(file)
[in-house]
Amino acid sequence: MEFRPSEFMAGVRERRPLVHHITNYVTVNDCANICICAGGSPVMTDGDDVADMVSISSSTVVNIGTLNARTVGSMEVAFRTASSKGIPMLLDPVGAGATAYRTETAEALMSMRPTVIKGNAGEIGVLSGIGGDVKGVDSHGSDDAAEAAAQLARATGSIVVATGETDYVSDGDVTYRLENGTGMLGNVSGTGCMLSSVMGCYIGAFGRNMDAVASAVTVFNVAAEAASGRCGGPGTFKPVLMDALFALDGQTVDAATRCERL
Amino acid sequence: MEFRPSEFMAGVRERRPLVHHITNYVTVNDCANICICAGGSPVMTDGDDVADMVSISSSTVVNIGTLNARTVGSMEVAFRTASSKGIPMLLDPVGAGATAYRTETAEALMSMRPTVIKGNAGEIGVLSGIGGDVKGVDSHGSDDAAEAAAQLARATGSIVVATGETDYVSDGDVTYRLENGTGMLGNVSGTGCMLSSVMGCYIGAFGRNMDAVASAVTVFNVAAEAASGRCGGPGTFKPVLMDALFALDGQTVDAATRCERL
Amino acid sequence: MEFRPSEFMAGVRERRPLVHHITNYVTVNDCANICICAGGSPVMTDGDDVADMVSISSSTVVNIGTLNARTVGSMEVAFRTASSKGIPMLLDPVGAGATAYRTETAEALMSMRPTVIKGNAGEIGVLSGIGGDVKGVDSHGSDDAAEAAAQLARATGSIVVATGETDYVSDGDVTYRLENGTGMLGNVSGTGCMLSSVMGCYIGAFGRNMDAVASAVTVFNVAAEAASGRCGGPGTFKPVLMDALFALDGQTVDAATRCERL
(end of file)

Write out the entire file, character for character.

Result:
[in-house]
Amino acid sequence: MEFRPSEFMAGVRERRPLVHHITNYVTVNDCANICICAGGSPVMTDGDDVADMVSISSSTVVNIGTLNARTVGSMEVAFRTASSKGIPMLLDPVGAGATAYRTETAEALMSMRPTVIKGNAGEIGVLSGIGGDVKGVDSHGSDDAAEAAAQLARATGSIVVATGETDYVSDGDVTYRLENGTGMLGNVSGTGCMLSSVMGCYIGAFGRNMDAVASAVTVFNVAAEAASGRCGGPGTFKPVLMDALFALDGQTVDAATRCERL
Amino acid sequence: MEFRPSEFMAGVRERRPLVHHITNYVTVNDCANICICAGGSPVMTDGDDVADMVSISSSTVVNIGTLNARTVGSMEVAFRTASSKGIPMLLDPVGAGATAYRTETAEALMSMRPTVIKGNAGEIGVLSGIGGDVKGVDSHGSDDAAEAAAQLARATGSIVVATGETDYVSDGDVTYRLENGTGMLGNVSGTGCMLSSVMGCYIGAFGRNMDAVASAVTVFNVAAEAASGRCGGPGTFKPVLMDALFALDGQTVDAATRCERL
Amino acid sequence: MEFRPSEFMAGVRERRPLVHHITNYVTVNDCANICICAGGSPVMTDGDDVADMVSISSSTVVNIGTLNARTVGSMEVAFRTASSKGIPMLLDPVGAGATAYRTETAEALMSMRPTVIKGNAGEIGVLSGIGGDVKGVDSHGSDDAAEAAAQLARATGSIVVATGETDYVSDGDVTYRLENGTGMLGNVSGTGCMLSSVMGCYIGAFGRNMDAVASAVTVFNVAAEAASGRCGGPGTFKPVLMDALFALDGQTVDAATRCERL